85% of iPhone 6 Users Have Never Tried Apple Pay App
Industry experts had high hopes that Apple Pay would boom in popularity, especially after 1 million mobile wallets were activated in the first 72 hours after the iPhone 6 was released. However, a new survey showed 85% of iPhone 6 owners have never even tried Apple Pay.
Only 6% of iPhone 6 owners use the service, and another 9% have tried it but were not utilizing the app.
The survey, entitled Apple Pay By the Numbers: Adoption and Behavior, was done by InfoScout and PYMNTS.com, and included over 1,000 owners of iPhone 6 devices.
Earlier this month, Apple CEO Tim Cook announced Apple Pay is now accepted at more than 700,000 locations, including 50,000 vending machines and dozens of retail chains in America. Most new credit card terminals that comply with upcoming EMV technology laws also work with near field communications (NFC), which means they can accept Apple Pay and other mobile wallets just as easily as they can read credit cards. Thus, it appears there are ample opportunities for consumers to use Apple Pay in their daily lives.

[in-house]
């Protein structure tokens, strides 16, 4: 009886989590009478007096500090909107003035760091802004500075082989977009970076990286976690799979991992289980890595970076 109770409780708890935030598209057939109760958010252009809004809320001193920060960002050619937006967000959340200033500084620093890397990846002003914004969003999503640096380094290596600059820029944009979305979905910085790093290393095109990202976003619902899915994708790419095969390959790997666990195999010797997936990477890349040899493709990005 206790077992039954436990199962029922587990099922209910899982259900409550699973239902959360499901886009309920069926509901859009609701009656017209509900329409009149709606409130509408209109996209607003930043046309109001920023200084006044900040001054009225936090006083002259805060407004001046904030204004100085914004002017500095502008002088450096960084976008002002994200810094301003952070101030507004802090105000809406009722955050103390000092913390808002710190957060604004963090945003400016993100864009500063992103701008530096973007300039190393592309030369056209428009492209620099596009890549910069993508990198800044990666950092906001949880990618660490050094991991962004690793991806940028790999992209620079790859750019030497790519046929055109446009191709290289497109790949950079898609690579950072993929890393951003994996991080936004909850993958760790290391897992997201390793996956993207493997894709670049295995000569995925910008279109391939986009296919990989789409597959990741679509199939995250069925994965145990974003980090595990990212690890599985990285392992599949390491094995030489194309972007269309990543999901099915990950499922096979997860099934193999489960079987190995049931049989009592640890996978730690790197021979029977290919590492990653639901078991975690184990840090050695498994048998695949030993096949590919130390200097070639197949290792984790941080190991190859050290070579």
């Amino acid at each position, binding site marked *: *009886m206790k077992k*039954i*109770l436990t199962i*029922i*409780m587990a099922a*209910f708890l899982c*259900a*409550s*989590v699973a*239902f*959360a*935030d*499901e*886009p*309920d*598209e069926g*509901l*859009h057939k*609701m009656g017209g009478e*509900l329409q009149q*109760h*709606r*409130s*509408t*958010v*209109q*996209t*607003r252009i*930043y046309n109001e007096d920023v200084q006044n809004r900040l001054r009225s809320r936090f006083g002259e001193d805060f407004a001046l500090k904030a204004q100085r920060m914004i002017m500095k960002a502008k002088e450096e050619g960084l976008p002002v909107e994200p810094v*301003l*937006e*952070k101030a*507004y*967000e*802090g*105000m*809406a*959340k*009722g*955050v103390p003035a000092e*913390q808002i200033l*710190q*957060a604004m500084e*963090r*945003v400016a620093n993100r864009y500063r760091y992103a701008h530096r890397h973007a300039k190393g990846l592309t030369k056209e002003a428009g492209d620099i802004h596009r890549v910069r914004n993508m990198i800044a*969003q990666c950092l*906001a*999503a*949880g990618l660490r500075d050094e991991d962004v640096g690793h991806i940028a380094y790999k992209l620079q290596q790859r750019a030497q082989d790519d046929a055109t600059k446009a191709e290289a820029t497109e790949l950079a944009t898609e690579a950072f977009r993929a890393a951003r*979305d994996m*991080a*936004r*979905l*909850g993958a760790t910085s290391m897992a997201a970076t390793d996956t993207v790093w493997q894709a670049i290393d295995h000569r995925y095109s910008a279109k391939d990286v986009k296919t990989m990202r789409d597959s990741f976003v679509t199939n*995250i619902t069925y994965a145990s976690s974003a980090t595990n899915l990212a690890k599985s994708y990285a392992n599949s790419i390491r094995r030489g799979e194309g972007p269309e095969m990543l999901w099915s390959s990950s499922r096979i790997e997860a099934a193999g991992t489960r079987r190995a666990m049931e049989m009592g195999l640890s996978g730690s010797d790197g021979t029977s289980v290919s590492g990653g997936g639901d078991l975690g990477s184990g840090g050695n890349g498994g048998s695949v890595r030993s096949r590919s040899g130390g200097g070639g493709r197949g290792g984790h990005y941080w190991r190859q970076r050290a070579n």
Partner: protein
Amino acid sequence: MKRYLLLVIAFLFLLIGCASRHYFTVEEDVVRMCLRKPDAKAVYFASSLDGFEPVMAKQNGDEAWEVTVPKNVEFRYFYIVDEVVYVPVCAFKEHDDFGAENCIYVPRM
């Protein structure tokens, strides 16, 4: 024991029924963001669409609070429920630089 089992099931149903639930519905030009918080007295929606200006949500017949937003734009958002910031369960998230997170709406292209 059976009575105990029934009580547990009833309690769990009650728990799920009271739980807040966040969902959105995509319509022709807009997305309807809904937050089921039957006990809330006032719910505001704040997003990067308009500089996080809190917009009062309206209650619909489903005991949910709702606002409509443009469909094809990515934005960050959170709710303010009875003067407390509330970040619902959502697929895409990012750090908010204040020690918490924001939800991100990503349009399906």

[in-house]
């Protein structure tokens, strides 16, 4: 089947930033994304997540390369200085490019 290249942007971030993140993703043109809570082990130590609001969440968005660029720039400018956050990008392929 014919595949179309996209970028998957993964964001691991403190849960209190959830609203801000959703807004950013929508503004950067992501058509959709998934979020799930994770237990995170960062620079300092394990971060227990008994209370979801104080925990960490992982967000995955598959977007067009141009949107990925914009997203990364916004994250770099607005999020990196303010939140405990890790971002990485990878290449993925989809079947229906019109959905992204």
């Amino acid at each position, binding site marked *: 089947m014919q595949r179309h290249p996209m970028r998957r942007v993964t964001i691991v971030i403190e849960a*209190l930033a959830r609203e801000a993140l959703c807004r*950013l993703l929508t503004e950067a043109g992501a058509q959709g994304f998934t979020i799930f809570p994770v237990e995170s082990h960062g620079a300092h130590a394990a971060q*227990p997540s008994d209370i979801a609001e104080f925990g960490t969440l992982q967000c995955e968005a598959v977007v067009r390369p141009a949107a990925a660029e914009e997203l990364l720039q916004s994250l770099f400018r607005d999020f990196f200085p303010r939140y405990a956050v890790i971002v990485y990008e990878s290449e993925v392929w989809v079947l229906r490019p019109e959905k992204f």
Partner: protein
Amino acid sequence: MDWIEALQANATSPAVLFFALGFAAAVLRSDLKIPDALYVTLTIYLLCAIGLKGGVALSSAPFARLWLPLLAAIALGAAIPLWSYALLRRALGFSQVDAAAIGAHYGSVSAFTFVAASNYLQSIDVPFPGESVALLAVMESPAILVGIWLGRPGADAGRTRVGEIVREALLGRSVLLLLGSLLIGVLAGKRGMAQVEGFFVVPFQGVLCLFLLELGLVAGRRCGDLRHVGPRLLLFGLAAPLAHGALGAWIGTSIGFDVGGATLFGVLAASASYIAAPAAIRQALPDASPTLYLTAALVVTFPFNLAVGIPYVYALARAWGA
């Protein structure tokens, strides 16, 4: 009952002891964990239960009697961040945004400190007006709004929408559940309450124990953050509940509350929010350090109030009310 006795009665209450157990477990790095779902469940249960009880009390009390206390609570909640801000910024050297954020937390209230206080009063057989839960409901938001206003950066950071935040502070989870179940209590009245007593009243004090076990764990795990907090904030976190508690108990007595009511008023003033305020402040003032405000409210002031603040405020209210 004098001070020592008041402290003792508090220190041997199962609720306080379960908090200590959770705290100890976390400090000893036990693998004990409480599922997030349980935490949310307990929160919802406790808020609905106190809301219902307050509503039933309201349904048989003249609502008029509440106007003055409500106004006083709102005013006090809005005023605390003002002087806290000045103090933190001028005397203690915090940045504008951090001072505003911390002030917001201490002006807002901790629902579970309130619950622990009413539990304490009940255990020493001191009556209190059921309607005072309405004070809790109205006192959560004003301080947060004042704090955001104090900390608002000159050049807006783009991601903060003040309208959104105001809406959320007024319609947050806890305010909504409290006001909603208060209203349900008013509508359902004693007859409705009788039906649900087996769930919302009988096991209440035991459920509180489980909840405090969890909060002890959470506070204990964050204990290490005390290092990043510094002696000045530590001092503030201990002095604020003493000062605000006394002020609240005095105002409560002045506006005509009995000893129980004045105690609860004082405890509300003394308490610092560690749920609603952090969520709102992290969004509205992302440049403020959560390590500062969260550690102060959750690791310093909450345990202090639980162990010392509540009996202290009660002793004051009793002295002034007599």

The question is: why aren’t they?
Part of the reason for the slow adoption rate may be that Apple Pay is only available on NFC enabled devices: iPhone 6, iPhone 6 Plus, iPad Mini 3, iPad Air 2 and the Apple Watch. Apple users with older generation iPhones and iPads cannot take advantage of the mobile wallet without upgrading to a new device. This is an obvious attempt to convince users to upgrade, but it is also an obstacle to the spread of Apple Pay.
Apple must also overcome the apprehension many consumers have about mobile wallets. A January survey from ChangeWave Research showed 84% of Americans are concerned about storing their financial information on their mobile devices.
Apple Pay may be faring better than other mobile wallets on the market, but it still has a long way to go to be considered a success.
“Apple still appears to be struggling to get beyond a small percent of early adopters,” said Karen Webster, CEO of PYMNTS.com.